Identification, Images, & Information
For Insects, Spiders & Their Kin
For the United States & Canada
Clickable Guide
Moths Butterflies Flies Caterpillars Flies Dragonflies Flies Mantids Cockroaches Bees and Wasps Walkingsticks Earwigs Ants Termites Hoppers and Kin Hoppers and Kin Beetles True Bugs Fleas Grasshoppers and Kin Ticks Spiders Scorpions Centipedes Millipedes

Calendar
Upcoming Events

Spring 2021 gathering in Louisiana, April 28-May 2

National Moth Week photos of insects and people. Here's how to add your images.

Photos of insects and people from the 2019 BugGuide Gathering in Louisiana, July 25-27

Discussion, insects and people from the 2018 gathering in Virginia, July 27-29

Photos of insects and people from the 2015 gathering in Wisconsin, July 10-12

Photos of insects and people from the 2014 gathering in Virginia, June 4-7.

Photos of insects and people from the 2013 gathering in Arizona, July 25-28

Photos of insects and people from the 2012 gathering in Alabama


TaxonomyBrowseInfoImagesLinksBooksData
Photo#1421335
Amblyomma maculatum or A. triste? That is the question. - Amblyomma maculatum - male

Amblyomma maculatum or A. triste? That is the question. - Amblyomma maculatum - Male
Nogales, Santa Cruz County, Arizona, USA
August 10, 2017
Size: 5 mm
I discovered this tick on the back of my head, before a bite (or so I think), after going to the field looking for bugs. Most likely location where the tick caught a ride on my backpack: Coordinates 31.337273, -110.962122

After sharing these images with several epidemiologists in the Arizona Department of Health Services and the CDC in Georgia, I was told that this species is no longer recognized as A. triste. Hayley D. Belisle-Yaglom, Senior Vector-borne & Zoonotic Disease Epidemiologist with the Arizona Department of Health Services said: “This is a male Amblyomma maculatum. Please note that we are no longer calling these triste. You may refer to Allerdice et al. (2017)".

A professor at Georgia Southern University commented: "After looking at these images, I would call this Amblyomma maculatum and not A. triste. All molecular work indicate that this tick does not differ genetically from A. maculatum from Georgia."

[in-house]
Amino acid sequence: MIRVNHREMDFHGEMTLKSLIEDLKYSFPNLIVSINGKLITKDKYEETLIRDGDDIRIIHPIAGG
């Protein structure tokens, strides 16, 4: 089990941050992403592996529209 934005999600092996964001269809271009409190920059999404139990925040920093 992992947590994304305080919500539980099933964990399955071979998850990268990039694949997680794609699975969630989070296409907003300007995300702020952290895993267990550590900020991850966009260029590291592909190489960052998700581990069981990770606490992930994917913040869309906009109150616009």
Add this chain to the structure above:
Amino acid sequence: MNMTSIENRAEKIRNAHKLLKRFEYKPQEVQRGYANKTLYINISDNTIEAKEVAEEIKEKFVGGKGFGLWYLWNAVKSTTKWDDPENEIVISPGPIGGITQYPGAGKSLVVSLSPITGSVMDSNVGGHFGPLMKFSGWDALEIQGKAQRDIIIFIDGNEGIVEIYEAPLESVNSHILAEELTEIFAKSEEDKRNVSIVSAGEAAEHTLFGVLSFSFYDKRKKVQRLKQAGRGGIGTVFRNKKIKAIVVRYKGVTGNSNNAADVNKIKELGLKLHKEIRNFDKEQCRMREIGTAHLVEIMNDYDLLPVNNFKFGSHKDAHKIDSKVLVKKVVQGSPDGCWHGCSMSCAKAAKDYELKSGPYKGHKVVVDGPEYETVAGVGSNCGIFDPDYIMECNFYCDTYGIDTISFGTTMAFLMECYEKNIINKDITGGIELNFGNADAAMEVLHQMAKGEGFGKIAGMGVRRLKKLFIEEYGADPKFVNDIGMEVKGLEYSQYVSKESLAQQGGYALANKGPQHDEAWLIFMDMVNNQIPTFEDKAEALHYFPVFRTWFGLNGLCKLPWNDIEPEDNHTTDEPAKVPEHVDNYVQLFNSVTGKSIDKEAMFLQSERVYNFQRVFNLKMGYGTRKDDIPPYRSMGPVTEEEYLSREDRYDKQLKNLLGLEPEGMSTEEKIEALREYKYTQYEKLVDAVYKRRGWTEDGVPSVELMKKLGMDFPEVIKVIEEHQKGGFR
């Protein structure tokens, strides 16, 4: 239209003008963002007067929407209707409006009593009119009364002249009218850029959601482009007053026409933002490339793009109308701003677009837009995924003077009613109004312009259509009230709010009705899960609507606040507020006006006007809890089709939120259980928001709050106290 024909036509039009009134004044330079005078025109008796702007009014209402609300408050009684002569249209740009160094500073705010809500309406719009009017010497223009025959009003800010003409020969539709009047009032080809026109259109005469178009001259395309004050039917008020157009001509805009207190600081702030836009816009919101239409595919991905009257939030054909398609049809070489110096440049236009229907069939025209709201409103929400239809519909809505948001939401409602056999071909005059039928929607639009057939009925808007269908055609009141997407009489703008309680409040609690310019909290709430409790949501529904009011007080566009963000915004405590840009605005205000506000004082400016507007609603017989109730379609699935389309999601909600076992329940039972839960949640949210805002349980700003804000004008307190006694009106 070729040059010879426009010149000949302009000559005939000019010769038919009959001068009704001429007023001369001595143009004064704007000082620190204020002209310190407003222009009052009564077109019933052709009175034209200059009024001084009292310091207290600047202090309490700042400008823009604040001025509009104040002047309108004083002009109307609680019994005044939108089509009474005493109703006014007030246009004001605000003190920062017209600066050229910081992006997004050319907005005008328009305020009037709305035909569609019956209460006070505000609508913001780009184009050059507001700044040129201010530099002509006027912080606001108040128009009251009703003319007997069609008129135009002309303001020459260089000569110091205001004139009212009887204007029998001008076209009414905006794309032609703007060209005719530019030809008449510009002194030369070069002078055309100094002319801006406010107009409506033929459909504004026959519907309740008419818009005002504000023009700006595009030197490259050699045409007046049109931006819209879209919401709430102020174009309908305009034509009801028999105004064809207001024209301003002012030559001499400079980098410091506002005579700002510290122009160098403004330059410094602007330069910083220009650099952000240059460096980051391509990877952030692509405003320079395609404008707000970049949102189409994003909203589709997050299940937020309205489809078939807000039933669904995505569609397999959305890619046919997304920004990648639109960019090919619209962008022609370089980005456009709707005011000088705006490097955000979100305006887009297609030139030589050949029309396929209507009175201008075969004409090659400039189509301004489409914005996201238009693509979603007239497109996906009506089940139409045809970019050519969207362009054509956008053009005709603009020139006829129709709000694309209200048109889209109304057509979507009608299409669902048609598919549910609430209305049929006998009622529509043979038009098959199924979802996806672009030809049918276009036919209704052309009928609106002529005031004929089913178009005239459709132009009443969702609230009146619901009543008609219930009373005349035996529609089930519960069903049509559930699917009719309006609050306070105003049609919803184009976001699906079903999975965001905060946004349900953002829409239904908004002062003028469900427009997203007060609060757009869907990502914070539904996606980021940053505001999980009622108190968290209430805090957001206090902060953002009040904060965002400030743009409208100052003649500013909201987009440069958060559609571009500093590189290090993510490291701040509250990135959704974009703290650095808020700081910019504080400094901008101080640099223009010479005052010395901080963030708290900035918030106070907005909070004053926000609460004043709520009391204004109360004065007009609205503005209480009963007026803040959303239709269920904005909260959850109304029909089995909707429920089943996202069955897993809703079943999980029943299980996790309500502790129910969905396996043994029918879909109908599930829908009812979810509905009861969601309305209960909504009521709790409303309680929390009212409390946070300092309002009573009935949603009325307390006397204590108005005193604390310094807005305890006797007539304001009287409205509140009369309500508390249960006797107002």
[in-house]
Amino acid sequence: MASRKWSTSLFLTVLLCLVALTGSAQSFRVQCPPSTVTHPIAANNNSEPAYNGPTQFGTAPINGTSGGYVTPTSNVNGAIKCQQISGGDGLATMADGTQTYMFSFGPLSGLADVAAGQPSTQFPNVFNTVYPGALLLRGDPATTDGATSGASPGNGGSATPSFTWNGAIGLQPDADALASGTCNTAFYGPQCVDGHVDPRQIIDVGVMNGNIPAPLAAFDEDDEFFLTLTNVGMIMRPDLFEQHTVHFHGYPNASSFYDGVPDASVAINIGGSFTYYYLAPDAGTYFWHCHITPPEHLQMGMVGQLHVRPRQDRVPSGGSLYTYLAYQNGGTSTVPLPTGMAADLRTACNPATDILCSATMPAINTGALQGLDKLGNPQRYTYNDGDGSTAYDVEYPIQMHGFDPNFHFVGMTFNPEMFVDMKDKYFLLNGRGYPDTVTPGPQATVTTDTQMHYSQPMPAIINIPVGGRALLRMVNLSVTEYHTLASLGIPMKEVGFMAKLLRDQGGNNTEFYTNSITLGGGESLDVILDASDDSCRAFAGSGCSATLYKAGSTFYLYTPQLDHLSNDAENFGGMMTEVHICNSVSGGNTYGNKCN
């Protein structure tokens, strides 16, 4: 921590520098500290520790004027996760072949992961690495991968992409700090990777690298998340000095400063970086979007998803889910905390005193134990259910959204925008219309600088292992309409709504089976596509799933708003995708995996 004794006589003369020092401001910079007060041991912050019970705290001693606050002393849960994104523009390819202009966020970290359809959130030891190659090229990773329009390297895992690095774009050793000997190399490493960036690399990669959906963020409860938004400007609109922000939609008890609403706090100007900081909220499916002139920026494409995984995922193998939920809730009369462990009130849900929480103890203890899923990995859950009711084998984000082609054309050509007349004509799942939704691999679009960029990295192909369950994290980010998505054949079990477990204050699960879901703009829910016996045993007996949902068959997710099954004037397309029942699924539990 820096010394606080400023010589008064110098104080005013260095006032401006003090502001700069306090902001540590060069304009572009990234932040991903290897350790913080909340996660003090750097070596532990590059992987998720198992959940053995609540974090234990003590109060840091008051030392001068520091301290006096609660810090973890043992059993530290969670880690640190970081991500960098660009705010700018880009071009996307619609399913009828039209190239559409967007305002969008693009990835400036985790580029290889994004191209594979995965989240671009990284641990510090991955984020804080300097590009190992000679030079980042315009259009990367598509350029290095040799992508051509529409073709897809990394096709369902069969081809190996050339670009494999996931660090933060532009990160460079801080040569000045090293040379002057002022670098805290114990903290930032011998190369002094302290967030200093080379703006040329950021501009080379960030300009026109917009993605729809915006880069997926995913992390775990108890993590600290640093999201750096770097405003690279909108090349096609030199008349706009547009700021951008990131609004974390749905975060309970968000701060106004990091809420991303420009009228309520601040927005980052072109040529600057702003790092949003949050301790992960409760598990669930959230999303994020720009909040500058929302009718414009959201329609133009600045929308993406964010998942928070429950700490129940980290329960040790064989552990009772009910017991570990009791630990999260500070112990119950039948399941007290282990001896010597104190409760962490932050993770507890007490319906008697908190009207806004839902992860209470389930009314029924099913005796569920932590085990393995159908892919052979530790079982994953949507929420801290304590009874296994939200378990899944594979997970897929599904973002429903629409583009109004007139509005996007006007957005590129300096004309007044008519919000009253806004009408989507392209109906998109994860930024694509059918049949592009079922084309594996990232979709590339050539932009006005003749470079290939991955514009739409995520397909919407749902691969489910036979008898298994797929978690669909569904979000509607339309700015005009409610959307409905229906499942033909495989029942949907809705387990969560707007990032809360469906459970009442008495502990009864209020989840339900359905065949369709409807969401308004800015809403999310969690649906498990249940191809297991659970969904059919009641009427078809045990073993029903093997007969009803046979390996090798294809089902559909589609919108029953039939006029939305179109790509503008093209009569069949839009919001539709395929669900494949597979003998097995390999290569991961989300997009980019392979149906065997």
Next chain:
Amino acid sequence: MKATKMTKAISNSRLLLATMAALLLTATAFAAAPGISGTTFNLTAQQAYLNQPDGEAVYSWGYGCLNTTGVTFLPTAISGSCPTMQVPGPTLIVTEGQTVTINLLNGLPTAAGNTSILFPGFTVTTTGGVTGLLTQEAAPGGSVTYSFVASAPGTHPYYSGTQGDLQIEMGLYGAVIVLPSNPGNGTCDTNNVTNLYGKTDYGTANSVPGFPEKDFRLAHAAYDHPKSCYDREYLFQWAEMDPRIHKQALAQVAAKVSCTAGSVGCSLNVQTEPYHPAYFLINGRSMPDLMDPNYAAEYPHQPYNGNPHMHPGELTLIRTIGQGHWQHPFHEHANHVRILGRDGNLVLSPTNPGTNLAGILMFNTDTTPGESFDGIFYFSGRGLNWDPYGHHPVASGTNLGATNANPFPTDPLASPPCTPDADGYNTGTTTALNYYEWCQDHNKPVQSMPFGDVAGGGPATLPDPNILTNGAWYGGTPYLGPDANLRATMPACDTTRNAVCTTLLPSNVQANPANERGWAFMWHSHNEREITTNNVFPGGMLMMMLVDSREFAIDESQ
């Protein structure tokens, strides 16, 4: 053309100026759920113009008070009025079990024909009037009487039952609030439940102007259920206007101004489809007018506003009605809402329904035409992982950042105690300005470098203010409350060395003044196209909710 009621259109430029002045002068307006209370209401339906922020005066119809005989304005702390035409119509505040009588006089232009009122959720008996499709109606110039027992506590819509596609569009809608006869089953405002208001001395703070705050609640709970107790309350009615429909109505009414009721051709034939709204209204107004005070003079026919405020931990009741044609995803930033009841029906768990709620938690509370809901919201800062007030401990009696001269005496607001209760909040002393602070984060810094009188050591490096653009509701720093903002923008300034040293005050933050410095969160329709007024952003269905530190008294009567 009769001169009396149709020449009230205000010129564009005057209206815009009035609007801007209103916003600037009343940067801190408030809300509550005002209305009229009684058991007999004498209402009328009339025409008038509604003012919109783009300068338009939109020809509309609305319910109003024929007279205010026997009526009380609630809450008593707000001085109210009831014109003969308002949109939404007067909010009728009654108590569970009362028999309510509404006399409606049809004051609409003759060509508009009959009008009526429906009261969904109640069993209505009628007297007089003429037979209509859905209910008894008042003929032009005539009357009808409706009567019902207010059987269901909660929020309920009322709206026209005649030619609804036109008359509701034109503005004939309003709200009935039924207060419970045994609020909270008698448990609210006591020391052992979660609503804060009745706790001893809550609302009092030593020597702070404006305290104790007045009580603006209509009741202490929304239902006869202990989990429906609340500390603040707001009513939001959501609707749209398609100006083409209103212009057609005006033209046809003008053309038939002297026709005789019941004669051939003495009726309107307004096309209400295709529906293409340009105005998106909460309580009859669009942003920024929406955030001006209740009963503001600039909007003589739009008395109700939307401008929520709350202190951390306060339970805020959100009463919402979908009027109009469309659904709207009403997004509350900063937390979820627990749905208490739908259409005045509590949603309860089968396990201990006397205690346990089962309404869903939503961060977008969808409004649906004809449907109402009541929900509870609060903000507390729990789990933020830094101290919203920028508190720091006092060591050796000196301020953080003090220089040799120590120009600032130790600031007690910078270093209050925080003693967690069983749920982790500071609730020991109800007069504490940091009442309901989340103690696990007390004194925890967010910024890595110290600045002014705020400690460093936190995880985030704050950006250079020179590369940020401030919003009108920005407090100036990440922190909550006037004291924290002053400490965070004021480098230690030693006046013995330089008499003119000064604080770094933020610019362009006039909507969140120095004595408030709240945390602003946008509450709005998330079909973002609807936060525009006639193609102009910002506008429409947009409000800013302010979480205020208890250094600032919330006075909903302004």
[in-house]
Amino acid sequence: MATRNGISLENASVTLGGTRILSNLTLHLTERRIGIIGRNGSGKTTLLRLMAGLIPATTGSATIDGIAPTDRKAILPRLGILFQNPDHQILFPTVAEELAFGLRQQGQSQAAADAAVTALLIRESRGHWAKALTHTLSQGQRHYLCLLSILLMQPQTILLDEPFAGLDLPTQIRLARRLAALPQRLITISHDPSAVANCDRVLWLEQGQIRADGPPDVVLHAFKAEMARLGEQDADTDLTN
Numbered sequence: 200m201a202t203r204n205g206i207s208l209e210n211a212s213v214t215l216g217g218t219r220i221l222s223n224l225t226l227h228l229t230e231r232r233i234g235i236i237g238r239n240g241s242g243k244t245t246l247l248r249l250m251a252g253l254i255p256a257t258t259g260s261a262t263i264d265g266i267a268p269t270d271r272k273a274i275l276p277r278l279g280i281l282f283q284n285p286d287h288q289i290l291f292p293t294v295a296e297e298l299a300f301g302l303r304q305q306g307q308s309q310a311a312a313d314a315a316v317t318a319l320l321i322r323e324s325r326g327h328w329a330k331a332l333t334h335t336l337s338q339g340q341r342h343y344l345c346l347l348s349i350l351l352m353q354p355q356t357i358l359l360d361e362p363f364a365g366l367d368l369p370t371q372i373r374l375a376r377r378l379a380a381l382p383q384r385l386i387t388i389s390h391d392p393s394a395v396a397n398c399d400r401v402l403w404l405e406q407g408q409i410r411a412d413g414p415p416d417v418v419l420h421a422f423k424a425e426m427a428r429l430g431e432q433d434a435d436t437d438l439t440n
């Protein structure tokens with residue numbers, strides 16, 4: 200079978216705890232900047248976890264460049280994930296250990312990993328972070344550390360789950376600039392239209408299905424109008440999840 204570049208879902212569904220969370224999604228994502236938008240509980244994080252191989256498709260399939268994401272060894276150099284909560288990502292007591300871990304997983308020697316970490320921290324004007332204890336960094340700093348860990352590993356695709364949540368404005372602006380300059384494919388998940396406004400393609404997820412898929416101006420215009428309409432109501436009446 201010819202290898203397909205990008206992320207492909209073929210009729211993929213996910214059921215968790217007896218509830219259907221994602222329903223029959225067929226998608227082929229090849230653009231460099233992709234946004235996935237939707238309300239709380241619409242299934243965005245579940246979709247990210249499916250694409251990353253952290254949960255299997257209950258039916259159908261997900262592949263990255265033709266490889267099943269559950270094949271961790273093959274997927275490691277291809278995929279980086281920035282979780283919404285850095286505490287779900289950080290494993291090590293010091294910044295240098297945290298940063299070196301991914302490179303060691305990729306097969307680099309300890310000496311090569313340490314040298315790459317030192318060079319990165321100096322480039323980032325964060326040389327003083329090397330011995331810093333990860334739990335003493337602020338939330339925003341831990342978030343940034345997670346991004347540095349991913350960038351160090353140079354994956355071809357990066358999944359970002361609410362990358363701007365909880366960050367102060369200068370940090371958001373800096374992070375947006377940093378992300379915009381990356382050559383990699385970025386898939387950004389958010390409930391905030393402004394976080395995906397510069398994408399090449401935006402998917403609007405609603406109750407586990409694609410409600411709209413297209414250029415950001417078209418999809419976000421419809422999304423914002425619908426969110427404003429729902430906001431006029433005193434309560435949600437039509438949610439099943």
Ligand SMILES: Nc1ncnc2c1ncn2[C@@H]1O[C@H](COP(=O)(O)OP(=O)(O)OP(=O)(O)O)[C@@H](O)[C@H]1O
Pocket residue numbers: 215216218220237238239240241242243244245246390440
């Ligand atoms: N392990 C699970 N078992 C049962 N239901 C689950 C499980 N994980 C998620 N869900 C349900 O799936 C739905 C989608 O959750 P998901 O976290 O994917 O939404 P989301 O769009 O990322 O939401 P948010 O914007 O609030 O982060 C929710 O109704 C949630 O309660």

A respected tick expert told me: "The Arizona ticks belong to the “Amblyomma maculatum” group, which includes A. maculatum, A. triste, and A. tigrinum. The taxonomic status of species of the Amblyomma maculatum group is under scrutiny. The occurrence of A. triste in Arizona has been reported, but not confirmed yet. Minor morphological differences between the Arizona tick and both, A. maculatum and A. triste, have been recorded and are presently being reassessed by molecular analysis".

Images of this individual: tag all
Amblyomma maculatum or A. triste? That is the question. - Amblyomma maculatum - male Amblyomma maculatum or A. triste? That is the question. - Amblyomma maculatum - male Amblyomma maculatum or A. triste? That is the question. - Amblyomma maculatum - male Amblyomma maculatum or A. triste? That is the question. - Amblyomma maculatum - male Amblyomma maculatum or A. triste? That is the question. - Amblyomma maculatum - male Amblyomma maculatum or A. triste? That is the question. - Amblyomma maculatum - male Amblyomma maculatum or A. triste? That is the question. - Amblyomma maculatum - male Amblyomma maculatum or A. triste? That is the question. - Amblyomma maculatum - male Amblyomma maculatum or A. triste? That is the question. - Amblyomma maculatum - male

Moved
Moved from Amblyomma triste.

Comment viewing options
Select your preferred way to display the comments and click 'Save settings' to activate your changes.